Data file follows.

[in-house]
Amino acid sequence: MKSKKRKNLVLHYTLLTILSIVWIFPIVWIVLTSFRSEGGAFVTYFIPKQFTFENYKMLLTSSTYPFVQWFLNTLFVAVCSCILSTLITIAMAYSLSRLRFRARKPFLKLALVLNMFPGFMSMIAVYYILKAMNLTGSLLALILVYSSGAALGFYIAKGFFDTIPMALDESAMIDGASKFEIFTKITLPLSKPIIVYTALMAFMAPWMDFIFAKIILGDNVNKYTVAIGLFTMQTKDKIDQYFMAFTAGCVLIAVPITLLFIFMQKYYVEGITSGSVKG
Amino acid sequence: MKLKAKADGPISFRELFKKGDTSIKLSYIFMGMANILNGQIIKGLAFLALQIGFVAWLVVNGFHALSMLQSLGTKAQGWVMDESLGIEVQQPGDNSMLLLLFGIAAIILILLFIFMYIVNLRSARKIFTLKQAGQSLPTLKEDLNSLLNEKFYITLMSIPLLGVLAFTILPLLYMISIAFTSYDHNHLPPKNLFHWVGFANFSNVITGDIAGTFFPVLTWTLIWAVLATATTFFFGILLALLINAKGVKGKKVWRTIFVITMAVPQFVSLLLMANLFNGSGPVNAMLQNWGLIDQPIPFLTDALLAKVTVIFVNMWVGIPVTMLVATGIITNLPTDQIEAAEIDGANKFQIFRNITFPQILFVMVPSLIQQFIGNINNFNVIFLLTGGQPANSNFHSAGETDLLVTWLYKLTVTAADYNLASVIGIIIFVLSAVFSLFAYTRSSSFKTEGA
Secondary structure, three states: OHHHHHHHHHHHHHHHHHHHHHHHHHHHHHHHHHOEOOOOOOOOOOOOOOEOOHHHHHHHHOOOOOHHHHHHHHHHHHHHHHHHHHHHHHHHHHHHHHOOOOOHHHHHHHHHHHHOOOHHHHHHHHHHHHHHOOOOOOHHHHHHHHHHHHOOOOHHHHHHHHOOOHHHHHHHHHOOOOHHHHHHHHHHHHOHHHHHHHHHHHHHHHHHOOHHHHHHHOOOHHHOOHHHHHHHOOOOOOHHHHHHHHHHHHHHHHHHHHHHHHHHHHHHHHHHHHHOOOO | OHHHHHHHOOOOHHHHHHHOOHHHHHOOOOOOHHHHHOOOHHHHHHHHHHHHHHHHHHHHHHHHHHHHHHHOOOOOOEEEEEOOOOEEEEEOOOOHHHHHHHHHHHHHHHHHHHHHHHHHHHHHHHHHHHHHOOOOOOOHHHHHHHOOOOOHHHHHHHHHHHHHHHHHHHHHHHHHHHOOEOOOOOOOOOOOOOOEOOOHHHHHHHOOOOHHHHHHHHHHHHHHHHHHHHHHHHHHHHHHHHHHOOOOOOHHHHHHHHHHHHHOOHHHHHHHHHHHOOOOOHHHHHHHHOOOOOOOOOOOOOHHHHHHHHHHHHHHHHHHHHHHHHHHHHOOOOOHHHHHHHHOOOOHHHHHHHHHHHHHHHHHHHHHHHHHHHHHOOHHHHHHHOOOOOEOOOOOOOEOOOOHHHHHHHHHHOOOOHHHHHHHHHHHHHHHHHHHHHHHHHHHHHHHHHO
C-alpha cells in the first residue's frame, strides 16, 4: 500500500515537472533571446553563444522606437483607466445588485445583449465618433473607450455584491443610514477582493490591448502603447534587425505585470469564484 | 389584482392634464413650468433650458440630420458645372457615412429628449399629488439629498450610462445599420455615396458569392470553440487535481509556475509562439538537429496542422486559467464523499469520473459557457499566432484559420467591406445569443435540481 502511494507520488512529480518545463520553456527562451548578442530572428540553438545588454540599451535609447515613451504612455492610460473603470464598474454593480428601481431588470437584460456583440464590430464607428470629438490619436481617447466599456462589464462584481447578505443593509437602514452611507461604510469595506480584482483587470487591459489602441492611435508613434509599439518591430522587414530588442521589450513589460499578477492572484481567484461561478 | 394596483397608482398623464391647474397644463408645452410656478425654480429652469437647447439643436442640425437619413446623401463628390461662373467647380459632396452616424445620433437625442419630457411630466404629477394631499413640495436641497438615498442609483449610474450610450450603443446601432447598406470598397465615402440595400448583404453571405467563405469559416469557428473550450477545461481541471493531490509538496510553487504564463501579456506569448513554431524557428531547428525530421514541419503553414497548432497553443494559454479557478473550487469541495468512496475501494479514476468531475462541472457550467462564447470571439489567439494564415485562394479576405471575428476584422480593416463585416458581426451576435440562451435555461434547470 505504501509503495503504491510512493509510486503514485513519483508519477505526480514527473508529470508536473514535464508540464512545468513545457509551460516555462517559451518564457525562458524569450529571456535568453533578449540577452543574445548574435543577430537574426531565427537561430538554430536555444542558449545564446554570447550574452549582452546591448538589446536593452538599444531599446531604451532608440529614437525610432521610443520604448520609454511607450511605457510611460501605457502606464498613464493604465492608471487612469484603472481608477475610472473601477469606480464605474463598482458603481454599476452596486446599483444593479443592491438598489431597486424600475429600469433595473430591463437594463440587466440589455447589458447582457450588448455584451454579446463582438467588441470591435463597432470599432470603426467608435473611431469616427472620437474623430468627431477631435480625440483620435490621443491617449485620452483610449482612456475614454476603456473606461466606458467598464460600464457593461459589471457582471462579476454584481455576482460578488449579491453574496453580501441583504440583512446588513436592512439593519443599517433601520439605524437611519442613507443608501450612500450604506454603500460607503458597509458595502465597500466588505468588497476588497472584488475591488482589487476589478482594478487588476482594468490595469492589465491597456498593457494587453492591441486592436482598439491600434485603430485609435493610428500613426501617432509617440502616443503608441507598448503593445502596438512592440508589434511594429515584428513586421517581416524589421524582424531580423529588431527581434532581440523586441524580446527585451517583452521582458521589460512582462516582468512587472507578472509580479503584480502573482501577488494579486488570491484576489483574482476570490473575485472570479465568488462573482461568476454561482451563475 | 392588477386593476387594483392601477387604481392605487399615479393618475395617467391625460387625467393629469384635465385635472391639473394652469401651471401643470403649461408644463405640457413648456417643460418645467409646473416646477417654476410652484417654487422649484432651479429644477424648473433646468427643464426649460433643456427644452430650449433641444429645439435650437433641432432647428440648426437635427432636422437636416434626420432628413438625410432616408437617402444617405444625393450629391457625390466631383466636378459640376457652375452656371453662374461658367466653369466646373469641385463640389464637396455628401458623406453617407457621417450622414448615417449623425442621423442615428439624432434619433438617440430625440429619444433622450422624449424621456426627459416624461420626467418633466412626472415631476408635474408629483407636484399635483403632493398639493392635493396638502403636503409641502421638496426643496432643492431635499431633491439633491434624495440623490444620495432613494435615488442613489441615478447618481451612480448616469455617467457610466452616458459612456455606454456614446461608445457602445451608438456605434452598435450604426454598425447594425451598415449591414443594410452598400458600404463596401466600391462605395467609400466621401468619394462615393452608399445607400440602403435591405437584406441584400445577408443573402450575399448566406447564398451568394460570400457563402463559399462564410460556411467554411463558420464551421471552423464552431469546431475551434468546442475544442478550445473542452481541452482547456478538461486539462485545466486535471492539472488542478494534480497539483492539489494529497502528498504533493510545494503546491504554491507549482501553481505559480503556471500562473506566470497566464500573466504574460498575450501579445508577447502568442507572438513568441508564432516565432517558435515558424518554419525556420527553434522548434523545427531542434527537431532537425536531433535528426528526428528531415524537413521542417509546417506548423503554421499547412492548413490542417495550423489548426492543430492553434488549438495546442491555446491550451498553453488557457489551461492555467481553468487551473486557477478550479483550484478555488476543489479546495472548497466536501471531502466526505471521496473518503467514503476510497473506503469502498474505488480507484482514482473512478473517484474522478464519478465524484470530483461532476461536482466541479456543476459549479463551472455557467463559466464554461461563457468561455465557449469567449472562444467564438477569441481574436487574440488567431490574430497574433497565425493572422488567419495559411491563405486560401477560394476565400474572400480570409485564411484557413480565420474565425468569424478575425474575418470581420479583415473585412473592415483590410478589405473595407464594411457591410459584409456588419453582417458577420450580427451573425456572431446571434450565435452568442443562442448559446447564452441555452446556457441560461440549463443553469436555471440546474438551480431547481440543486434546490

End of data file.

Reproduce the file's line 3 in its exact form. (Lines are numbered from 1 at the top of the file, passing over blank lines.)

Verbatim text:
Amino acid sequence: MKLKAKADGPISFRELFKKGDTSIKLSYIFMGMANILNGQIIKGLAFLALQIGFVAWLVVNGFHALSMLQSLGTKAQGWVMDESLGIEVQQPGDNSMLLLLFGIAAIILILLFIFMYIVNLRSARKIFTLKQAGQSLPTLKEDLNSLLNEKFYITLMSIPLLGVLAFTILPLLYMISIAFTSYDHNHLPPKNLFHWVGFANFSNVITGDIAGTFFPVLTWTLIWAVLATATTFFFGILLALLINAKGVKGKKVWRTIFVITMAVPQFVSLLLMANLFNGSGPVNAMLQNWGLIDQPIPFLTDALLAKVTVIFVNMWVGIPVTMLVATGIITNLPTDQIEAAEIDGANKFQIFRNITFPQILFVMVPSLIQQFIGNINNFNVIFLLTGGQPANSNFHSAGETDLLVTWLYKLTVTAADYNLASVIGIIIFVLSAVFSLFAYTRSSSFKTEGA